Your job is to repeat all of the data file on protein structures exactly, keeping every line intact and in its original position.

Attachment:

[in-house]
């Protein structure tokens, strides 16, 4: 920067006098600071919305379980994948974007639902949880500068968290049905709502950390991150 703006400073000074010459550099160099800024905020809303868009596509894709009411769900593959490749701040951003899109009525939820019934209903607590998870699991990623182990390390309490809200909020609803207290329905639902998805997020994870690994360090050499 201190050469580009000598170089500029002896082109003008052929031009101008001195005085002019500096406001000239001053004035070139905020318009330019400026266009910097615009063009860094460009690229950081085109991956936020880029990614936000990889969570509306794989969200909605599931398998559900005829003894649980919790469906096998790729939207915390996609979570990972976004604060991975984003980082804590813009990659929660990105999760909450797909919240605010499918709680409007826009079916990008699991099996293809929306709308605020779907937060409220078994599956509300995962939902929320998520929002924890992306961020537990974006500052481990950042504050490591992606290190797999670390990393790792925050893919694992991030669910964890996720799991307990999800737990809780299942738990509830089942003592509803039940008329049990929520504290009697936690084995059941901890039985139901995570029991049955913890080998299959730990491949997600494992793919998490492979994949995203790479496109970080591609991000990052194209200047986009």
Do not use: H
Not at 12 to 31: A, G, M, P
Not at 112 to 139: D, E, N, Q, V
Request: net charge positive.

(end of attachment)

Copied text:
[in-house]
């Protein structure tokens, strides 16, 4: 920067006098600071919305379980994948974007639902949880500068968290049905709502950390991150 703006400073000074010459550099160099800024905020809303868009596509894709009411769900593959490749701040951003899109009525939820019934209903607590998870699991990623182990390390309490809200909020609803207290329905639902998805997020994870690994360090050499 201190050469580009000598170089500029002896082109003008052929031009101008001195005085002019500096406001000239001053004035070139905020318009330019400026266009910097615009063009860094460009690229950081085109991956936020880029990614936000990889969570509306794989969200909605599931398998559900005829003894649980919790469906096998790729939207915390996609979570990972976004604060991975984003980082804590813009990659929660990105999760909450797909919240605010499918709680409007826009079916990008699991099996293809929306709308605020779907937060409220078994599956509300995962939902929320998520929002924890992306961020537990974006500052481990950042504050490591992606290190797999670390990393790792925050893919694992991030669910964890996720799991307990999800737990809780299942738990509830089942003592509803039940008329049990929520504290009697936690084995059941901890039985139901995570029991049955913890080998299959730990491949997600494992793919998490492979994949995203790479496109970080591609991000990052194209200047986009």
Do not use: H
Not at 12 to 31: A, G, M, P
Not at 112 to 139: D, E, N, Q, V
Request: net charge positive.